Olympic figure skater Nathan Chen has released an apology for saying the sport is “homosexual dominated”. 

Chen received backlash after he gave an insensitive answer regarding femininity and masculinity in figure skating.

While appearing on a podcast, Chen was asked if he was ever told to play hockey because it was more “masculine”.

“Yes certainly. Especially as a male athlete… as a straight male athlete in a fairly homosexual-dominated sport, or LGBTQ+ dominated sport,” Chen replied.

“I think that there is that connotation and there is that, ‘Well we don’t really wanna watch guys skate around and we’d rather watch hockey or we’d rather watch females do that,’ which I think is pretty messed up in itself.

“It’s a genuine sport, we spend our whole lives trying to hone this craft, and to just sort of be belittled like that is not something that is generally taken lightly.”

Soon after the podcast was released, people took to social media to express their disappointment with Chen’s comments. 

One Twitter user wrote: “Its disappointing to hear this from someone who is basically one of the current faces of [figure skating]. So many wrong words spoken when the simple answer could just be “I wish to bring my own style into the sport”. Classical music is feminine? Females? Homosexual-dominated sport? Dude.” 


Another user said that Chen had an opportunity to advocate for his LGBTQ+ teammates. 

“Basically Nathan Chen had the opportunity to use his in-sport privilege to support queer athletes as an ally, talk about how figure skating is for everyone [and] discuss the types of expression rewarded at competition,” they tweeted.

“Instead he told us he was straight, equated feminine [with] queer and implied they were both negative, implied he is oppressed by queerness in the sport.”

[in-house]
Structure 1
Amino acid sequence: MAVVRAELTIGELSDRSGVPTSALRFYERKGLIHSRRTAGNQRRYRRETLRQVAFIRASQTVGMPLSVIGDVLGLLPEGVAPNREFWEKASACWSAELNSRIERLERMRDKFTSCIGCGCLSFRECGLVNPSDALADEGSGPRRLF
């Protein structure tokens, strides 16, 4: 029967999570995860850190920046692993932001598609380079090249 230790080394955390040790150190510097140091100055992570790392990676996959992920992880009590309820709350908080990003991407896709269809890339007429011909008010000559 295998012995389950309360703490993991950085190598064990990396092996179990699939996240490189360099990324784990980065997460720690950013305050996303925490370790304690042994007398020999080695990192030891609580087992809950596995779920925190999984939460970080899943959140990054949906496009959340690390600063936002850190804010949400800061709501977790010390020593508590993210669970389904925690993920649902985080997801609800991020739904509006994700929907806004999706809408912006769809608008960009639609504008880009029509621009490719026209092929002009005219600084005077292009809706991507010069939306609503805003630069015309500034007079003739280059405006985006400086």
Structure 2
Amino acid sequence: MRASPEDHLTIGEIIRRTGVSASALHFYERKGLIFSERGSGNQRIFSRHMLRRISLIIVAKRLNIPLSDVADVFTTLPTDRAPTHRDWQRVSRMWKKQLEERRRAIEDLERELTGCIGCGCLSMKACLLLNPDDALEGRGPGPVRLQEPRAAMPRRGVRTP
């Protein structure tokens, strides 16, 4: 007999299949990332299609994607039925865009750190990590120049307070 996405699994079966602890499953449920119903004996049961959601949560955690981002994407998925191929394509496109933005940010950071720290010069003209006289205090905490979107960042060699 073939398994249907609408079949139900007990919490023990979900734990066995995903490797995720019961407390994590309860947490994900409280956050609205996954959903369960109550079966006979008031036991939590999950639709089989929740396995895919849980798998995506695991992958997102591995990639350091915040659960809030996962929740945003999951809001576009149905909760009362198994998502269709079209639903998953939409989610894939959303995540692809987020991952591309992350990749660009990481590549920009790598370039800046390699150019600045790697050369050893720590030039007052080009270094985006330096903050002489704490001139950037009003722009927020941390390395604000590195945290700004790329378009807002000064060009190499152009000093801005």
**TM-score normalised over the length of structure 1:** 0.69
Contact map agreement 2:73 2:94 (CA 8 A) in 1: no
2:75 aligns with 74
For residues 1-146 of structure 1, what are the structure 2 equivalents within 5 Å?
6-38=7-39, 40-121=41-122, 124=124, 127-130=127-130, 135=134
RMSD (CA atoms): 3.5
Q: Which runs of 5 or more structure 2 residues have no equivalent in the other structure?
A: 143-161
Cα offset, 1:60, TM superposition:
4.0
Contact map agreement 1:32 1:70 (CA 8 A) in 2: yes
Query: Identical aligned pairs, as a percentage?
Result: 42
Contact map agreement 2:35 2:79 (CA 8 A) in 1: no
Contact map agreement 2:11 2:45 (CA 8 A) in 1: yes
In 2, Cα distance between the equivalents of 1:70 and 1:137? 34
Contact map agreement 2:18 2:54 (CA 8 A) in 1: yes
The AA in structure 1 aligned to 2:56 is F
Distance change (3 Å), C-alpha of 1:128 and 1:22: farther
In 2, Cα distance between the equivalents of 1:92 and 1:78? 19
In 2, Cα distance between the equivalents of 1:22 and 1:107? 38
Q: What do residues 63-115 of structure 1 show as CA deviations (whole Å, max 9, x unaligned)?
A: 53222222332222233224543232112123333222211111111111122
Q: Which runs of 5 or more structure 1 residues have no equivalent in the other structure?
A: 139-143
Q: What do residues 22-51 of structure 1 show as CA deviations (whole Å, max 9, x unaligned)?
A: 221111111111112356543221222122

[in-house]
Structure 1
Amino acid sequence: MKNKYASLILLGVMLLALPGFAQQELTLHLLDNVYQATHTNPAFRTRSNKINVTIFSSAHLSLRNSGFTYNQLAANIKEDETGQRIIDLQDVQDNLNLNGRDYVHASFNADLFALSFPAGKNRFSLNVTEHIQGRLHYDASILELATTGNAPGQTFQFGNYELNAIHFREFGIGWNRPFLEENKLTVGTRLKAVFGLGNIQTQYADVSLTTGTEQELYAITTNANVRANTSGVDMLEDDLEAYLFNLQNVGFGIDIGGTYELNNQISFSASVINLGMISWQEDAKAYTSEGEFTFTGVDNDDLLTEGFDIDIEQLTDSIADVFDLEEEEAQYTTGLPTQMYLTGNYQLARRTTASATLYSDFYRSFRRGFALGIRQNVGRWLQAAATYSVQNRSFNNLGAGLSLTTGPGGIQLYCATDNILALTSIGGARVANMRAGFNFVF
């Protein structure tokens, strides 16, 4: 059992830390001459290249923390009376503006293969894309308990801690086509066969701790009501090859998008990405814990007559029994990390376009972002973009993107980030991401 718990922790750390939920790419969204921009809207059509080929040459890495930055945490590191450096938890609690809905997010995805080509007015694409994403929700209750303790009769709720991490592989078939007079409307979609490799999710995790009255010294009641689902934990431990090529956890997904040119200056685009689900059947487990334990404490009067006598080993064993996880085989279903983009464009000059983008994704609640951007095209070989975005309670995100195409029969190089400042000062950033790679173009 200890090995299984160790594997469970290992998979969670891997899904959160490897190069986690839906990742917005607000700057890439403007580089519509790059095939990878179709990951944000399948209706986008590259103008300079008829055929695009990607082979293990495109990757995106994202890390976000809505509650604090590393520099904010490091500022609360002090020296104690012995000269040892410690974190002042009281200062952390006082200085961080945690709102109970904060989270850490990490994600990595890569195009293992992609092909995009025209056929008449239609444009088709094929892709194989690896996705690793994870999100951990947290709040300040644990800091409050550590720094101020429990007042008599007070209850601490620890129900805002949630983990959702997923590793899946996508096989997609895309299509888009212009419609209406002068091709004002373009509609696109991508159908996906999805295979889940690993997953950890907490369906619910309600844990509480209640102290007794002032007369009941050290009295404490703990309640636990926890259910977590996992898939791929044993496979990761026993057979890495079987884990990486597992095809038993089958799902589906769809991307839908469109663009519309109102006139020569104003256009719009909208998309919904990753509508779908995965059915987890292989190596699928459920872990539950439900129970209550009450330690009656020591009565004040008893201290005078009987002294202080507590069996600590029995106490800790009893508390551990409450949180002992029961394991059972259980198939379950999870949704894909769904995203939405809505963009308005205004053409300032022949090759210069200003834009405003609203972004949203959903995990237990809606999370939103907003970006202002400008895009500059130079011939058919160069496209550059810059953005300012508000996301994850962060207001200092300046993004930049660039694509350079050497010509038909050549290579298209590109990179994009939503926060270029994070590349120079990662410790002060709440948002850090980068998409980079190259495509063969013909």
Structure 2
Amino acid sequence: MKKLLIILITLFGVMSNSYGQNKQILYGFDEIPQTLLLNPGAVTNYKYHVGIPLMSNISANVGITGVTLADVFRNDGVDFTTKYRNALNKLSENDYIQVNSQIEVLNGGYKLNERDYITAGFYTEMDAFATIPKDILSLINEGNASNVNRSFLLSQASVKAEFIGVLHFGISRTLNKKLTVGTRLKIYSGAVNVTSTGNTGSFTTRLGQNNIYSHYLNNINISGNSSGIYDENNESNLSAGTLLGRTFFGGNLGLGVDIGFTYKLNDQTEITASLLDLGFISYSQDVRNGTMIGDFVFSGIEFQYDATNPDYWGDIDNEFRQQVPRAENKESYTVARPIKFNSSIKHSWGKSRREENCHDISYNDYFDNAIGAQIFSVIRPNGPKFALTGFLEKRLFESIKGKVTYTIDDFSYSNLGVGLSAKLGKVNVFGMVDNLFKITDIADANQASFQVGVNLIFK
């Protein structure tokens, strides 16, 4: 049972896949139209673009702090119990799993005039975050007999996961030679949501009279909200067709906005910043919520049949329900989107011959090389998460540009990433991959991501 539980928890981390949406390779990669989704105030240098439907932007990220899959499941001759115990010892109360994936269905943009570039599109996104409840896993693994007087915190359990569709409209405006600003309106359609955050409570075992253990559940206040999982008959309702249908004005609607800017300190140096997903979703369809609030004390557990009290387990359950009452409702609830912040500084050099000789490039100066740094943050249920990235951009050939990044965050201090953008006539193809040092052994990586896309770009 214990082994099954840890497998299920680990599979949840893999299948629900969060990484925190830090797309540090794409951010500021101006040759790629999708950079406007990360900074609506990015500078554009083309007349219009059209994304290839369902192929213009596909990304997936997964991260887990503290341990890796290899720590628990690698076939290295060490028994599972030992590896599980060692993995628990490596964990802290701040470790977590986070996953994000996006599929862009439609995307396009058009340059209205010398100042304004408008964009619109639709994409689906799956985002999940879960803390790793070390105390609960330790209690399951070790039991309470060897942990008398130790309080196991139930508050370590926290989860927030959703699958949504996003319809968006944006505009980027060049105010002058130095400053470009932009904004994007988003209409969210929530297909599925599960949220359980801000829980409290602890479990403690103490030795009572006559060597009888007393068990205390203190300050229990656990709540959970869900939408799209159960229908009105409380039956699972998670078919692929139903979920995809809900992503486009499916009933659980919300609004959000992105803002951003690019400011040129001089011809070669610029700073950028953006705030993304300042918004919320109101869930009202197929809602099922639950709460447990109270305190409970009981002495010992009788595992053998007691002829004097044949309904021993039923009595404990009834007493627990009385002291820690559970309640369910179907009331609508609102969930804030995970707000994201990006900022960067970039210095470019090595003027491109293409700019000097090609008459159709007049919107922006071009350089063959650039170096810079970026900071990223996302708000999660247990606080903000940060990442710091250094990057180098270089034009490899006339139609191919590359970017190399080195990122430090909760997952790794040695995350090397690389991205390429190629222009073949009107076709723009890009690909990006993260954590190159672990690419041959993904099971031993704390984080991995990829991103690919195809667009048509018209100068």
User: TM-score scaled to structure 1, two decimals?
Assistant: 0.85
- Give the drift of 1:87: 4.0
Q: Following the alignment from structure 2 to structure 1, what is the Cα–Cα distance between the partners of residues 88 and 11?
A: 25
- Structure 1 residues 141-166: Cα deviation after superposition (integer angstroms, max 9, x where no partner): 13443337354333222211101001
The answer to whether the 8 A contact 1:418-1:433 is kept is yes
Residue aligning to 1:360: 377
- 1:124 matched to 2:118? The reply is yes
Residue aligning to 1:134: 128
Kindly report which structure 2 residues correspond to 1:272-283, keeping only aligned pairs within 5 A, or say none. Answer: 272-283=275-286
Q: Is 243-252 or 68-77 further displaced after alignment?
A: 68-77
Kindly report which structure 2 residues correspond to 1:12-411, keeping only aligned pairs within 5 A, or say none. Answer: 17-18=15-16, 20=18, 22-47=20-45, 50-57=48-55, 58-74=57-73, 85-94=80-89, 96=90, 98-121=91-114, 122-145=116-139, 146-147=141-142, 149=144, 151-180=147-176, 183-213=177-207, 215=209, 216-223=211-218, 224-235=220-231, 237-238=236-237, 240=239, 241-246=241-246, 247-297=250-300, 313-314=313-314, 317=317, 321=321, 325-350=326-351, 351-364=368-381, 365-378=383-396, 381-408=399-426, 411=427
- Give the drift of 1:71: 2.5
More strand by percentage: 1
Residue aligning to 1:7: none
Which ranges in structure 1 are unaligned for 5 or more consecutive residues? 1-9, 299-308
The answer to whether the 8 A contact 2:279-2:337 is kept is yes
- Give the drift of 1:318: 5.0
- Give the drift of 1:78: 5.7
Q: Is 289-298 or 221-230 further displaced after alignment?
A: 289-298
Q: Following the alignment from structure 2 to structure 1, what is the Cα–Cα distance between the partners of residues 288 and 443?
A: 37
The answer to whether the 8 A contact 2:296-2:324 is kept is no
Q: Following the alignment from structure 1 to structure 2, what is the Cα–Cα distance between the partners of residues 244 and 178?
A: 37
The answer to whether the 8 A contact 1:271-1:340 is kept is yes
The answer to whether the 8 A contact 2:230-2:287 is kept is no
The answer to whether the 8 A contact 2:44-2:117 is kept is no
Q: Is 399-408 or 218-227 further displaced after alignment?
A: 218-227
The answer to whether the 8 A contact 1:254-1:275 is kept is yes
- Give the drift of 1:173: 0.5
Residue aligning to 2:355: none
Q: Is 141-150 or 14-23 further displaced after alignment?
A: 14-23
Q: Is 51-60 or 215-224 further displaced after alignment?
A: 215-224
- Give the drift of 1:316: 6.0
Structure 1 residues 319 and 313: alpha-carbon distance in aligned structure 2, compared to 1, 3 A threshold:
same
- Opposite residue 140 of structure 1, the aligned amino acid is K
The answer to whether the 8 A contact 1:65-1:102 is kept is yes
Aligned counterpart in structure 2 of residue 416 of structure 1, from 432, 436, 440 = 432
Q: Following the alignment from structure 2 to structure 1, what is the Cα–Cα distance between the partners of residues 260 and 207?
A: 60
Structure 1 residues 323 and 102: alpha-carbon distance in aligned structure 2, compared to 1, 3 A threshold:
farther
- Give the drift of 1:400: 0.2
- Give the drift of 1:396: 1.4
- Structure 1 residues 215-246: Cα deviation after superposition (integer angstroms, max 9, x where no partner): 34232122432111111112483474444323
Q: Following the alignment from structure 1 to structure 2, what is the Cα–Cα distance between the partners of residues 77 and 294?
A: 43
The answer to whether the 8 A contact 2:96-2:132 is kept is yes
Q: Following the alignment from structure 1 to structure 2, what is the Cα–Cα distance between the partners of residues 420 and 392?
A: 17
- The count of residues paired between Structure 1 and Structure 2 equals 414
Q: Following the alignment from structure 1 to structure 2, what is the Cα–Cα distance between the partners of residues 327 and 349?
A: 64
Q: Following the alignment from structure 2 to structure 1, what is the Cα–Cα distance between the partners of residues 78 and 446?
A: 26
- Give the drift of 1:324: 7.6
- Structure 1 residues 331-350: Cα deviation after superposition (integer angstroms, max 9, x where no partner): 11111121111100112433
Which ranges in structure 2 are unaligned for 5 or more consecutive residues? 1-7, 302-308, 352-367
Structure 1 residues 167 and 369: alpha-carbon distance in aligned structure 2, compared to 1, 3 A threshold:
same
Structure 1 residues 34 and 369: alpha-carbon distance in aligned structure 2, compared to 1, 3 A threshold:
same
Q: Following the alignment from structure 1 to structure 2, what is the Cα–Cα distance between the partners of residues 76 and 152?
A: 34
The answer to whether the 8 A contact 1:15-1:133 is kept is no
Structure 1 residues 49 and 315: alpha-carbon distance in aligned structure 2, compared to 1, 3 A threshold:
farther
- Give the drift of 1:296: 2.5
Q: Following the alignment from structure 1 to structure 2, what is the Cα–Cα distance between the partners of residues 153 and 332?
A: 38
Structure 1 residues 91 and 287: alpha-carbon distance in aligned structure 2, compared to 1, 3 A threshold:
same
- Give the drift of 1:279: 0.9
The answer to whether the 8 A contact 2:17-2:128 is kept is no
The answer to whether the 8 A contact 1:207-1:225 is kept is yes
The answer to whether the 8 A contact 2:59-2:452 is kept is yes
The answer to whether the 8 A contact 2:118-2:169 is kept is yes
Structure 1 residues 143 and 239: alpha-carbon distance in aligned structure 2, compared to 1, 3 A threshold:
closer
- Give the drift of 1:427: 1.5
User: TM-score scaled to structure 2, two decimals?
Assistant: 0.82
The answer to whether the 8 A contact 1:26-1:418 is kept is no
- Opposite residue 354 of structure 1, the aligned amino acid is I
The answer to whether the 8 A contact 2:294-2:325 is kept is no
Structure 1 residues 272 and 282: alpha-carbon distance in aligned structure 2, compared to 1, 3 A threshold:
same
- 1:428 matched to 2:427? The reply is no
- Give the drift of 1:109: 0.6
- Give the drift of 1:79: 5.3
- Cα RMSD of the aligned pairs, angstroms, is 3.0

After receiving backlash, Chen released an apology in a video statement. 

“I recently did an interview where I was asked if people ever ask me why I don’t play hockey because of the connotation that skating is feminine and hockey is masculine. I gave an ignorant response to the question and I want to apologise for that,” he explained. 

“In that moment I had the opportunity to shut down the perception that there is such a thing as a masculine or feminine sport and to shed light that these perceptions have created an environment that make it unsafe, stigmatising and even career-ending for athletes to come out.”

Chen then described the sport as an “art form” that gives athletes the room to individually express themselves.

“But instead of saying something meaningful I blurted out statements that aren’t even true, used language that’s harmful to the LGBTQIA+ community and to women and minorities and centred the response around myself,” he stated.

He then concluded his statement by saying that he “messed up” an opportunity to build more inclusivity in the sport. 

Watch the full video below.

Related: Team LGBTQ: Every openly queer athlete competing at the Tokyo 2020 Olympic Games.